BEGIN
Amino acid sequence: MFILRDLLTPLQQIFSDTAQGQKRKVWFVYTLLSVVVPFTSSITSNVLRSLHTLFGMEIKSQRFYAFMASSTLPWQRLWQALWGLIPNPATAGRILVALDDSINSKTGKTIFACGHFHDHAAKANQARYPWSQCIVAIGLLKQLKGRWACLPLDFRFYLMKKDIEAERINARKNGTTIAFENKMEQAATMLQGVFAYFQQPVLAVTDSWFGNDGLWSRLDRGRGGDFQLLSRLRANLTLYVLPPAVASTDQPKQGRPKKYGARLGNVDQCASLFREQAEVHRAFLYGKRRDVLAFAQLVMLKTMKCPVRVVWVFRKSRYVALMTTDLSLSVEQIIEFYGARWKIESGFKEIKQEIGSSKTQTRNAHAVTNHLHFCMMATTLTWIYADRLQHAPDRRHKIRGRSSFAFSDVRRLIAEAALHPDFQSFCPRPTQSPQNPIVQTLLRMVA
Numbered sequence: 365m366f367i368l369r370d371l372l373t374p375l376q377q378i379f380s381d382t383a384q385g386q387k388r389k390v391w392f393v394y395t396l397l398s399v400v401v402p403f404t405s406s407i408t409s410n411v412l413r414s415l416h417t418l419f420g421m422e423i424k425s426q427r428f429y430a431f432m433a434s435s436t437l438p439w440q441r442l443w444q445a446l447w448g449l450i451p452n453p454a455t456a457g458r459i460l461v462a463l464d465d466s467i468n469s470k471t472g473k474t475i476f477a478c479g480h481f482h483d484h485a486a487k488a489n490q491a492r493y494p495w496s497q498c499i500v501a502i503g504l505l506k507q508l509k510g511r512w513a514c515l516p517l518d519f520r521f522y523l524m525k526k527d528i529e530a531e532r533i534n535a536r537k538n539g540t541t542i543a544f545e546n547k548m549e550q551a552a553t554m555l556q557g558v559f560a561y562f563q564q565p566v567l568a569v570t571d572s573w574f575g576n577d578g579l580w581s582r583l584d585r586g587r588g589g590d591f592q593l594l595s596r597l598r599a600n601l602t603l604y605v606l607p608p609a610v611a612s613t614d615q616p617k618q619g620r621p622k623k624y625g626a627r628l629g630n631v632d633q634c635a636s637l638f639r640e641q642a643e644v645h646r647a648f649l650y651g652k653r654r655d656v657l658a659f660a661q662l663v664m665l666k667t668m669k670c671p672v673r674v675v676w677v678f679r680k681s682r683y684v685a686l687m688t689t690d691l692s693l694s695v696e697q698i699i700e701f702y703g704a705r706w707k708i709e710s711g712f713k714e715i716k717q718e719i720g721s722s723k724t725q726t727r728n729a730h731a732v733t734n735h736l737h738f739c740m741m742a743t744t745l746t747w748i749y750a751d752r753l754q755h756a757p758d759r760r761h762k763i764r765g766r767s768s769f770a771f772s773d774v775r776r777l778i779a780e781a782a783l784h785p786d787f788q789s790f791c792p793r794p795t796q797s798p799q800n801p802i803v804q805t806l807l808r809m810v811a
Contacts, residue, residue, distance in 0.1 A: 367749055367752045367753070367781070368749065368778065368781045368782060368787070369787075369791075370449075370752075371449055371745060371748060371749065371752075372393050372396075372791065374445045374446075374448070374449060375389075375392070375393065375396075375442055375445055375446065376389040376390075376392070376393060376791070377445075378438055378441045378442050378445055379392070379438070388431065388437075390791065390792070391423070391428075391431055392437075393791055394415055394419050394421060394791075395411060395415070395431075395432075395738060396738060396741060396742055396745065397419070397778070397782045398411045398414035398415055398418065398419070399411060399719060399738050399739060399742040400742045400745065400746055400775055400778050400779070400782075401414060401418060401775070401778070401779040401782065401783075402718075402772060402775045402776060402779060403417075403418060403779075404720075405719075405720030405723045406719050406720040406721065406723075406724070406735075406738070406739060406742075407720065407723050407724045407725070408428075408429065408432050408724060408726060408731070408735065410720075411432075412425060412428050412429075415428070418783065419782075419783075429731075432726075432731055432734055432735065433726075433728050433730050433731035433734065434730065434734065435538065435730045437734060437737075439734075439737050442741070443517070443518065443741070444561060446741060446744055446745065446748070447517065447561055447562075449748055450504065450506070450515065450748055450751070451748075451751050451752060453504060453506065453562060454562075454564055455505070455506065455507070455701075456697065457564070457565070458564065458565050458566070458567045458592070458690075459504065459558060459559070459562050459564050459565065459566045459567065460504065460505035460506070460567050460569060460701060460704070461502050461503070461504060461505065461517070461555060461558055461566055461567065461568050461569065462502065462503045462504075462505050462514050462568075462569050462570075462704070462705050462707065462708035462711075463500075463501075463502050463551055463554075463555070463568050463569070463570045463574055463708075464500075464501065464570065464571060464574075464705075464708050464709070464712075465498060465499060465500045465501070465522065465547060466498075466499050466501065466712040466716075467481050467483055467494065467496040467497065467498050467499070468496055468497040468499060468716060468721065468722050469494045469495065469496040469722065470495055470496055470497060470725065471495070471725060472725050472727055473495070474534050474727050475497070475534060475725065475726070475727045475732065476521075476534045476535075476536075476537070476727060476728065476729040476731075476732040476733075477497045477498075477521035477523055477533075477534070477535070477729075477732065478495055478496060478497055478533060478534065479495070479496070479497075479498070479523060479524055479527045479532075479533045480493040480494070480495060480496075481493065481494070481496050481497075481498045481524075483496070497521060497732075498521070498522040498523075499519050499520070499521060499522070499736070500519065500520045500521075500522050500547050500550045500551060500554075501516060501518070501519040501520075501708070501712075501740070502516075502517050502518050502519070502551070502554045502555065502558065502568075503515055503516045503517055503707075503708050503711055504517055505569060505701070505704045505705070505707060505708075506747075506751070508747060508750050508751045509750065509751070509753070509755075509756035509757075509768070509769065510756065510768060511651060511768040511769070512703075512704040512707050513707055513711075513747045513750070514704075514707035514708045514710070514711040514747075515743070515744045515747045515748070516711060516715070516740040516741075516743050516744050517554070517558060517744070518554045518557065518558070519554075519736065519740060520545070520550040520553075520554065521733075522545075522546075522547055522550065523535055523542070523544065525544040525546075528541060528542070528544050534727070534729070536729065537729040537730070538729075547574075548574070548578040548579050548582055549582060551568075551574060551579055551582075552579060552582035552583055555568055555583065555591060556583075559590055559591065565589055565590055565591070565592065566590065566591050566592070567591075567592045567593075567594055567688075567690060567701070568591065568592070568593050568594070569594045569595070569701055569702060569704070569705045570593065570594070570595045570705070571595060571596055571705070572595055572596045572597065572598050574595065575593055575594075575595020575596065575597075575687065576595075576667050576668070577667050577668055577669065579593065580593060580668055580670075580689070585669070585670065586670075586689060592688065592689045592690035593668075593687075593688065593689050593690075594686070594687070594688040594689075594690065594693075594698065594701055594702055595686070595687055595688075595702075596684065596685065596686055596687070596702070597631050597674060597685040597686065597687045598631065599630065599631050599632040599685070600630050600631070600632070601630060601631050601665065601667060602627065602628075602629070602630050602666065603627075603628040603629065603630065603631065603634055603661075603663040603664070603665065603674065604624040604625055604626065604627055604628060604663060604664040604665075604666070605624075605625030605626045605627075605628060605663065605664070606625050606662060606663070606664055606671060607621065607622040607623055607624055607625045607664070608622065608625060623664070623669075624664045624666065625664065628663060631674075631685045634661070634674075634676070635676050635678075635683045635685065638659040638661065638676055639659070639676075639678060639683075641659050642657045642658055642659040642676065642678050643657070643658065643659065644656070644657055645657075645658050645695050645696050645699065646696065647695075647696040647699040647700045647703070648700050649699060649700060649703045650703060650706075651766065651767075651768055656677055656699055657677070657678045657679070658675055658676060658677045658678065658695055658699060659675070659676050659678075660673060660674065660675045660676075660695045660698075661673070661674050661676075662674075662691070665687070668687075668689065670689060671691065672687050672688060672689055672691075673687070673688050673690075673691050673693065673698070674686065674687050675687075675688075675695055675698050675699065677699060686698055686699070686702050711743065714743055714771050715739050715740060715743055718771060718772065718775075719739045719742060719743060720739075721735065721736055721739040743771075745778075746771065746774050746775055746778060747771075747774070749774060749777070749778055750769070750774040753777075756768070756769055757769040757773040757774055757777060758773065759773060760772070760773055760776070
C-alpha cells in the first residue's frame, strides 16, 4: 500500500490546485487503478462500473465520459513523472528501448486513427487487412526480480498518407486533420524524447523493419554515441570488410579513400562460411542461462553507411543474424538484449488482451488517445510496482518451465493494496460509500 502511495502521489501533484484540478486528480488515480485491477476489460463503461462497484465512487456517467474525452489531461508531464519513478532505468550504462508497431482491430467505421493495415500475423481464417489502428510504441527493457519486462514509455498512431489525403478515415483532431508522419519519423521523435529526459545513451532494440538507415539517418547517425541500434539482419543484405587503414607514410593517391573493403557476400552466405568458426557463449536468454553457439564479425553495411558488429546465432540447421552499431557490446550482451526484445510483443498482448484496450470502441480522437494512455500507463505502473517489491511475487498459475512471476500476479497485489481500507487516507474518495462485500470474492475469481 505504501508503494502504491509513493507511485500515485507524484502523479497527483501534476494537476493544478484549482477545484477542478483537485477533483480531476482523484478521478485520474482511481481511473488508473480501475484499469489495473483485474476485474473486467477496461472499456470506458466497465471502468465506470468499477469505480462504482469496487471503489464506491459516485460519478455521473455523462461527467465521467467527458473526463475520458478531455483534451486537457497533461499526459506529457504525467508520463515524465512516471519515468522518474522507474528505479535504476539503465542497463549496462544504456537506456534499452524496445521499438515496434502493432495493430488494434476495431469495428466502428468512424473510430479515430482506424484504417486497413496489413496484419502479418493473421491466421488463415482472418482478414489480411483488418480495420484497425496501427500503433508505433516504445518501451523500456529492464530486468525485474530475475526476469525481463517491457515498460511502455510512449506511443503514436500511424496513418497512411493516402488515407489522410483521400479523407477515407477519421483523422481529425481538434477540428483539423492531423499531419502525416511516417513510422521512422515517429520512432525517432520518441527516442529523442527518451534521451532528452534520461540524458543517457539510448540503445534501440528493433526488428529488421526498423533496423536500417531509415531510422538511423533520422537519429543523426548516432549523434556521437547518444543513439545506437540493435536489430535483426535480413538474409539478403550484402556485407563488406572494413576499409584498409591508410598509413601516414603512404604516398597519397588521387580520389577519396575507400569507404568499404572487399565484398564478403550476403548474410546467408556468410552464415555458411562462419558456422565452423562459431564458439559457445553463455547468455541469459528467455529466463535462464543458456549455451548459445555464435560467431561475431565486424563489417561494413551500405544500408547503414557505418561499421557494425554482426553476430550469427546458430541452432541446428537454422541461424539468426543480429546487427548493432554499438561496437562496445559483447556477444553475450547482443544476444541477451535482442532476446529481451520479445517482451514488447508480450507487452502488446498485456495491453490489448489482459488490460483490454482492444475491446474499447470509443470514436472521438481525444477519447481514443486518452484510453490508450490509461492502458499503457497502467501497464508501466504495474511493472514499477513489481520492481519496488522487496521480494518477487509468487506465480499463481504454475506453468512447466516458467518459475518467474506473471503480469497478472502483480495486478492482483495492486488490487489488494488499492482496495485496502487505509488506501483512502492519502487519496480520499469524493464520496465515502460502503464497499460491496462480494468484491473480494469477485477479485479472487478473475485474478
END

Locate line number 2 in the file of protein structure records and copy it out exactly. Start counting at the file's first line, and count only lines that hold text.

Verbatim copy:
Numbered sequence: 365m366f367i368l369r370d371l372l373t374p375l376q377q378i379f380s381d382t383a384q385g386q387k388r389k390v391w392f393v394y395t396l397l398s399v400v401v402p403f404t405s406s407i408t409s410n411v412l413r414s415l416h417t418l419f420g421m422e423i424k425s426q427r428f429y430a431f432m433a434s435s436t437l438p439w440q441r442l443w444q445a446l447w448g449l450i451p452n453p454a455t456a457g458r459i460l461v462a463l464d465d466s467i468n469s470k471t472g473k474t475i476f477a478c479g480h481f482h483d484h485a486a487k488a489n490q491a492r493y494p495w496s497q498c499i500v501a502i503g504l505l506k507q508l509k510g511r512w513a514c515l516p517l518d519f520r521f522y523l524m525k526k527d528i529e530a531e532r533i534n535a536r537k538n539g540t541t542i543a544f545e546n547k548m549e550q551a552a553t554m555l556q557g558v559f560a561y562f563q564q565p566v567l568a569v570t571d572s573w574f575g576n577d578g579l580w581s582r583l584d585r586g587r588g589g590d591f592q593l594l595s596r597l598r599a600n601l602t603l604y605v606l607p608p609a610v611a612s613t614d615q616p617k618q619g620r621p622k623k624y625g626a627r628l629g630n631v632d633q634c635a636s637l638f639r640e641q642a643e644v645h646r647a648f649l650y651g652k653r654r655d656v657l658a659f660a661q662l663v664m665l666k667t668m669k670c671p672v673r674v675v676w677v678f679r680k681s682r683y684v685a686l687m688t689t690d691l692s693l694s695v696e697q698i699i700e701f702y703g704a705r706w707k708i709e710s711g712f713k714e715i716k717q718e719i720g721s722s723k724t725q726t727r728n729a730h731a732v733t734n735h736l737h738f739c740m741m742a743t744t745l746t747w748i749y750a751d752r753l754q755h756a757p758d759r760r761h762k763i764r765g766r767s768s769f770a771f772s773d774v775r776r777l778i779a780e781a782a783l784h785p786d787f788q789s790f791c792p793r794p795t796q797s798p799q800n801p802i803v804q805t806l807l808r809m810v811a